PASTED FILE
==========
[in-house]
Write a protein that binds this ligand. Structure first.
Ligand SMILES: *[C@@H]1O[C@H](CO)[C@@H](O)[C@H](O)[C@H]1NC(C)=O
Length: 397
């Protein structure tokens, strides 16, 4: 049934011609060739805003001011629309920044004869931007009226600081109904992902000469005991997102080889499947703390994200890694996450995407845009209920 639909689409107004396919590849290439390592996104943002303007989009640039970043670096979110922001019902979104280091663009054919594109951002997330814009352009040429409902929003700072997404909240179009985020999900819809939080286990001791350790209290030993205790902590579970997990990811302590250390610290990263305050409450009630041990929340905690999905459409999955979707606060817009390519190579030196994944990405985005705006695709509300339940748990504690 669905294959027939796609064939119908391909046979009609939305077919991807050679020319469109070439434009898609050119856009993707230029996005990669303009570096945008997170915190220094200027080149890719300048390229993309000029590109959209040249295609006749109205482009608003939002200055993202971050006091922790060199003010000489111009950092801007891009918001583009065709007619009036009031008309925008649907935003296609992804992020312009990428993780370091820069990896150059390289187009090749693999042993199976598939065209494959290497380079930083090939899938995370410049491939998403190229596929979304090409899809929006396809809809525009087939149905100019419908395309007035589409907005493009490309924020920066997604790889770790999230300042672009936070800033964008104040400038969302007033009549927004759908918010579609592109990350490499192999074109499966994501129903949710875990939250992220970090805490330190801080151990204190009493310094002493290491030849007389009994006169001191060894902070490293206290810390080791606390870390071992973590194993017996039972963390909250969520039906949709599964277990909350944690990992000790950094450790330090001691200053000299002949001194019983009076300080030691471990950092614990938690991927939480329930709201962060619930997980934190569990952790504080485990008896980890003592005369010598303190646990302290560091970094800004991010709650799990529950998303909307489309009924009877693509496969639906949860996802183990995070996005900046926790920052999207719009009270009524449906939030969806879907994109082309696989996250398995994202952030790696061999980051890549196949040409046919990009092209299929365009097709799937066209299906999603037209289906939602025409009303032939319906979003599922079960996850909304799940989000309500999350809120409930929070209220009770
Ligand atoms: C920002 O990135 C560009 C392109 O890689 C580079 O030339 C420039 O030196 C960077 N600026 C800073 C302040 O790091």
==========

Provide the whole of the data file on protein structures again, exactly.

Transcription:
[in-house]
Write a protein that binds this ligand. Structure first.
Ligand SMILES: *[C@@H]1O[C@H](CO)[C@@H](O)[C@H](O)[C@H]1NC(C)=O
Length: 397
């Protein structure tokens, strides 16, 4: 049934011609060739805003001011629309920044004869931007009226600081109904992902000469005991997102080889499947703390994200890694996450995407845009209920 639909689409107004396919590849290439390592996104943002303007989009640039970043670096979110922001019902979104280091663009054919594109951002997330814009352009040429409902929003700072997404909240179009985020999900819809939080286990001791350790209290030993205790902590579970997990990811302590250390610290990263305050409450009630041990929340905690999905459409999955979707606060817009390519190579030196994944990405985005705006695709509300339940748990504690 669905294959027939796609064939119908391909046979009609939305077919991807050679020319469109070439434009898609050119856009993707230029996005990669303009570096945008997170915190220094200027080149890719300048390229993309000029590109959209040249295609006749109205482009608003939002200055993202971050006091922790060199003010000489111009950092801007891009918001583009065709007619009036009031008309925008649907935003296609992804992020312009990428993780370091820069990896150059390289187009090749693999042993199976598939065209494959290497380079930083090939899938995370410049491939998403190229596929979304090409899809929006396809809809525009087939149905100019419908395309007035589409907005493009490309924020920066997604790889770790999230300042672009936070800033964008104040400038969302007033009549927004759908918010579609592109990350490499192999074109499966994501129903949710875990939250992220970090805490330190801080151990204190009493310094002493290491030849007389009994006169001191060894902070490293206290810390080791606390870390071992973590194993017996039972963390909250969520039906949709599964277990909350944690990992000790950094450790330090001691200053000299002949001194019983009076300080030691471990950092614990938690991927939480329930709201962060619930997980934190569990952790504080485990008896980890003592005369010598303190646990302290560091970094800004991010709650799990529950998303909307489309009924009877693509496969639906949860996802183990995070996005900046926790920052999207719009009270009524449906939030969806879907994109082309696989996250398995994202952030790696061999980051890549196949040409046919990009092209299929365009097709799937066209299906999603037209289906939602025409009303032939319906979003599922079960996850909304799940989000309500999350809120409930929070209220009770
Ligand atoms: C920002 O990135 C560009 C392109 O890689 C580079 O030339 C420039 O030196 C960077 N600026 C800073 C302040 O790091």